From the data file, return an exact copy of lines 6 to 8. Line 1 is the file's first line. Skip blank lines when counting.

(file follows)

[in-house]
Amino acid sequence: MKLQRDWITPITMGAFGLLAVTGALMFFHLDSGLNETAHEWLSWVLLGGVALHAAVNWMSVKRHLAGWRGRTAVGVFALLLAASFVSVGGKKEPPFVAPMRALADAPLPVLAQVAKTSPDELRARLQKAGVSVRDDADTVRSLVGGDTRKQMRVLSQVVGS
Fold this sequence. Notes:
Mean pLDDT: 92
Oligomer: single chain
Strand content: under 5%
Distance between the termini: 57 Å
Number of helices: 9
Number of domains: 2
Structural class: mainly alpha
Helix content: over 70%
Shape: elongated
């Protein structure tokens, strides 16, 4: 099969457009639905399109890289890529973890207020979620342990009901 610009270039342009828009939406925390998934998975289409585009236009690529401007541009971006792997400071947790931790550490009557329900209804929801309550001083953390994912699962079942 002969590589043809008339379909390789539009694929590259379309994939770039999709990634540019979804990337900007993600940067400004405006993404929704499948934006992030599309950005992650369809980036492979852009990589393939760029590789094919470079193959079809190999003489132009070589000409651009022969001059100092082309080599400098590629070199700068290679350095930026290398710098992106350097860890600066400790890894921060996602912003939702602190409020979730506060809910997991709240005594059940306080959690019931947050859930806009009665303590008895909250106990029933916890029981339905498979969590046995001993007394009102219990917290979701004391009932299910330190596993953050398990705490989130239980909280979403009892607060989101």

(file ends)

Strand content: under 5%
Distance between the termini: 57 Å
Number of helices: 9